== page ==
An Update on Advisory
BY SOPHIA SAGHIR '24
In adapting to the pandemic, advisory has been a chameleon, taking on various shapes over the last few years. Though its frequency has changed from daily to monthly to weekly, its purpose remains rooted in supporting student and community needs. While pandemic-driven adaptations have misconstrued this definition, advisory ultimately intends to provide another opportunity for students to find organized support at AB—a goal that teachers are trying to accomplish this school year.
Twelve years ago, the New England Association of Schools and Colleges (NEASC) strongly encouraged schools to adopt an advisory period. At the time, there was a nationwide trend in education to try to find ways for students to feel connected, and advisory seemed like the perfect solution. Specifically, at ABRHS, it was designed to be a space for students to connect with a school-affiliated adult that they did not normally interact with or receive grades from. Significantly, advisors were meant to be people students felt comfortable confiding in.
Before COVID-19, advisories were split by grade level and the groups of students remained consistent from year to year. In advisory, administrators could share school-wide announcements, Diversity, Equity, and Inclusion news, social and emotional learning, and anti-bullying initiatives. Usually, advisory served as a short break in students’ Tuesdays where they could relax, recharge with a snack, and bond with their peers.
However, as the school’s structure morphed to fit to the pandemic’s agenda, advisory did too. During this period, the Massachusetts Department of Elementary & Secondary Education increased the total amount of hours needed for the entire school year, so instead of increasing the time spent in class, ABRHS administration chose to revamp the advisory period. From 2020–2021, in-person advisory groups met every day as an extension of students’ second-period classes. Remote students also met daily based on interest groups, such as music, knitting, and baseball, but Zoom had its limitations, and it proved difficult for students to stay engaged during these online advisories.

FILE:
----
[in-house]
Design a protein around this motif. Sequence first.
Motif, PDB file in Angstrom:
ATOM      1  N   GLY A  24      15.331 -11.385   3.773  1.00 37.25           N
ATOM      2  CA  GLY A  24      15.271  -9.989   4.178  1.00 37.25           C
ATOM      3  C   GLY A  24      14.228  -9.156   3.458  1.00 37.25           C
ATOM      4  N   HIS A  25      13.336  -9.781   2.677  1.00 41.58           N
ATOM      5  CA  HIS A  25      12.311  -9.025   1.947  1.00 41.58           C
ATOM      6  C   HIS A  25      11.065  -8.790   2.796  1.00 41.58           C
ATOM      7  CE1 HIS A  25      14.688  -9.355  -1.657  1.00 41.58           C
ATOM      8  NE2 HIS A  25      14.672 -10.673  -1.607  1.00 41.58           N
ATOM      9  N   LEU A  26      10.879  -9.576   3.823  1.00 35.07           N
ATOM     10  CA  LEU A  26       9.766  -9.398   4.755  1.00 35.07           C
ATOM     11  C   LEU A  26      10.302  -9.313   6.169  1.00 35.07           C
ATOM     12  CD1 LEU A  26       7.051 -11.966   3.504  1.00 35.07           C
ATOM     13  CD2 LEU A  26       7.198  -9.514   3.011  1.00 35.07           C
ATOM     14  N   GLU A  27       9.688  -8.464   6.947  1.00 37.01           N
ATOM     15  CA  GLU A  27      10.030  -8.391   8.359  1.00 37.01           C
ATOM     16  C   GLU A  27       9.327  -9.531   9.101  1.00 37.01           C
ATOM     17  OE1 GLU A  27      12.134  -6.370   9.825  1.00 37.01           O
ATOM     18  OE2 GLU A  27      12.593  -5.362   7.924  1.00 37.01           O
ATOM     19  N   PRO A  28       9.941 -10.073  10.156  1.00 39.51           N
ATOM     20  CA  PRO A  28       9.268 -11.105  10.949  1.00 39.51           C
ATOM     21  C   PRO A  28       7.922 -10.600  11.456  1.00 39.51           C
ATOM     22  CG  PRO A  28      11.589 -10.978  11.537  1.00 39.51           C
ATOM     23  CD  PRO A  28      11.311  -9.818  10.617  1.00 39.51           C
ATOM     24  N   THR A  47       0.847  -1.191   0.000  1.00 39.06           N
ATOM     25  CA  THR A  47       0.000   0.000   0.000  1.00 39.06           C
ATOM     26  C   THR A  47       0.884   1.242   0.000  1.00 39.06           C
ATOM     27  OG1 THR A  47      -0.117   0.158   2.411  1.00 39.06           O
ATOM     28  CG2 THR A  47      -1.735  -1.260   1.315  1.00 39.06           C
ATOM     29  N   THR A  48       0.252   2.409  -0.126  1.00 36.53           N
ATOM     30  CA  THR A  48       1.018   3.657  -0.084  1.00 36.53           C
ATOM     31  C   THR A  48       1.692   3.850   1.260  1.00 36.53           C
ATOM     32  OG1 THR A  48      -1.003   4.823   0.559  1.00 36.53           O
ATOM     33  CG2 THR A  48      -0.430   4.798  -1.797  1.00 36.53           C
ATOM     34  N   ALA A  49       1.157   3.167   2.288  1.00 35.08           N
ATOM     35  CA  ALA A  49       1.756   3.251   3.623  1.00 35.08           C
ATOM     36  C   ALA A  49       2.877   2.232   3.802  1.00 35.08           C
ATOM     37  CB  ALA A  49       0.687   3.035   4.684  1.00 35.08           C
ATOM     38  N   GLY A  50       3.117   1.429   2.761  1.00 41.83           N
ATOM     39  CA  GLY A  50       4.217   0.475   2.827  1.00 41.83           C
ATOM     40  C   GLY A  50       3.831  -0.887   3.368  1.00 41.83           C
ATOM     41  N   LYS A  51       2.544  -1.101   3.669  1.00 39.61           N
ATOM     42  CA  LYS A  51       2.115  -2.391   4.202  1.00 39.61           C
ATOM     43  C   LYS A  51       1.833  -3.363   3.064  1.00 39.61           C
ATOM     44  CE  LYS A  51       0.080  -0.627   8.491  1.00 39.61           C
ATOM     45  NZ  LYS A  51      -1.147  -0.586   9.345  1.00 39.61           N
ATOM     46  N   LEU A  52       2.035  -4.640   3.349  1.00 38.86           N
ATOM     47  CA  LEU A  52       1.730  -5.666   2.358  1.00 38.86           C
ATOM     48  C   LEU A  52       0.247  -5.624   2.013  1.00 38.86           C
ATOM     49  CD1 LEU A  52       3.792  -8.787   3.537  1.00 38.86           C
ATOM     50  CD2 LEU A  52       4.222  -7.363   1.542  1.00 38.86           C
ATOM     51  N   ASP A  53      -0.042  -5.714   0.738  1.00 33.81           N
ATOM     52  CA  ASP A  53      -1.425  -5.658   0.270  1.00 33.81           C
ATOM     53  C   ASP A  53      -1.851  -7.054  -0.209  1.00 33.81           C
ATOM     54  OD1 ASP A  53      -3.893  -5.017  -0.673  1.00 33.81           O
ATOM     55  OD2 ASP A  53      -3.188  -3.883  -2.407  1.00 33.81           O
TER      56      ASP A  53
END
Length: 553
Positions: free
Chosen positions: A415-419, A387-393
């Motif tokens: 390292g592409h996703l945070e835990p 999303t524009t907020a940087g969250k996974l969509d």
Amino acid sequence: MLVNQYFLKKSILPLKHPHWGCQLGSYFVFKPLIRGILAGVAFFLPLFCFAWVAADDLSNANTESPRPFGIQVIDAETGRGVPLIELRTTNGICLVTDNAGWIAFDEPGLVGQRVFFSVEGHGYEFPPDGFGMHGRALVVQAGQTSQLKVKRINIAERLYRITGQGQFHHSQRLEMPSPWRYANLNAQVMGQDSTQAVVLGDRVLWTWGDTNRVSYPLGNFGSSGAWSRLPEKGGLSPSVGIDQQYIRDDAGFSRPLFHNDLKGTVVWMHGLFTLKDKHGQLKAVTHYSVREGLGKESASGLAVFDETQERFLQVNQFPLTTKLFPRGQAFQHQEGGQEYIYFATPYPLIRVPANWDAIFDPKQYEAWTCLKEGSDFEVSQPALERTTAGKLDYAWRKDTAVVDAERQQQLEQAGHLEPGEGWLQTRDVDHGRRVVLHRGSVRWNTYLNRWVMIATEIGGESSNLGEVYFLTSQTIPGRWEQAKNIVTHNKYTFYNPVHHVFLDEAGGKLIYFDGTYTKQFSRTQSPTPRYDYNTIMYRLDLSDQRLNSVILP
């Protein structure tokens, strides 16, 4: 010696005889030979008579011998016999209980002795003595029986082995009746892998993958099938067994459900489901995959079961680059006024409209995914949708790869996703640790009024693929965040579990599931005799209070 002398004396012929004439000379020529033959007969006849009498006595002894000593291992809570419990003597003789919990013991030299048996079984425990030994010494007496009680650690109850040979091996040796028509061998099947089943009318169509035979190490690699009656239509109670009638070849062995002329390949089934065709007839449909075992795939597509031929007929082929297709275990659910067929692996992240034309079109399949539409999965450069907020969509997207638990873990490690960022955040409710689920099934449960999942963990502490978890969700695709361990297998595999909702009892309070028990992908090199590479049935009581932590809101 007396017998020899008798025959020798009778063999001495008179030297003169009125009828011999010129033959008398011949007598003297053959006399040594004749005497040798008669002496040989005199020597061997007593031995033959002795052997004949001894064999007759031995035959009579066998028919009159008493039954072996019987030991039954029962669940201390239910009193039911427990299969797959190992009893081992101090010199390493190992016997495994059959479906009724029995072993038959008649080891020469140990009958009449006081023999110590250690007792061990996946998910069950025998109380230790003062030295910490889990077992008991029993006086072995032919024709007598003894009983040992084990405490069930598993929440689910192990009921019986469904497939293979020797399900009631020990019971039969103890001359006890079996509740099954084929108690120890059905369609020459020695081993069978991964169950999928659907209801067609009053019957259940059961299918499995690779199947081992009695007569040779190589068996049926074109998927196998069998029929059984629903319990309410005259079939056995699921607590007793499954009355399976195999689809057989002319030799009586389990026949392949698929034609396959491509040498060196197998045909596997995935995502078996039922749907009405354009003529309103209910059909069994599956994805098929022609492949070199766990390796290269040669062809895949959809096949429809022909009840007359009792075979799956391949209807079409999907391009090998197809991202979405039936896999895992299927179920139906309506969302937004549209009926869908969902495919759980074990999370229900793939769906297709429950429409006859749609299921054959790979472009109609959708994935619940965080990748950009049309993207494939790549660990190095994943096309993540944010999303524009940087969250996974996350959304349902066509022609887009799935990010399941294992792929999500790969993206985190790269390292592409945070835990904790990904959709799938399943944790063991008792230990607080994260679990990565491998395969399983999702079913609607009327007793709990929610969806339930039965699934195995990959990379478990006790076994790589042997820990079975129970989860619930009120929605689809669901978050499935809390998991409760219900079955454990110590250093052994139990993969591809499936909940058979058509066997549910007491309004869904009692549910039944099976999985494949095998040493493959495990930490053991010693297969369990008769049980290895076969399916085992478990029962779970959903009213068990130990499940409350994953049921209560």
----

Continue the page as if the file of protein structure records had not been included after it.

During the 2021–2022 school year, advisories met once a month with all-new advisory teachers and advisory classmates. Advisory returned to serve its pre-pandemic purposes, but it was difficult for teachers to get to know their students due to infrequency and large class sizes.
Taking these concerns into consideration, the newly formed advisory leaders—Ms. Chartier, Mr. Donaldson, Mr. Gwin and Ms. Jeannotte—hope to realign advisory’s purpose back to the NEASC’s original intent: to forge connections and create a stronger community.
The advisory leaders recognize that although ice breakers, Kahoots, and school culture surveys may seem trivial at the moment, these measures will eventually create an environment where students can simply get to know each other and be comfortable. The consistency in weekly advisory meetings is meant to create a safe space that leads to more sincere and honest conversations, and they plan to keep the same classes to create a deeper and more meaningful bond between students. Mr. Donaldson emphasizes that “culture and connections aren’t created instantaneously. It’s going to take a significant period of time, and hopefully we’re on that path.”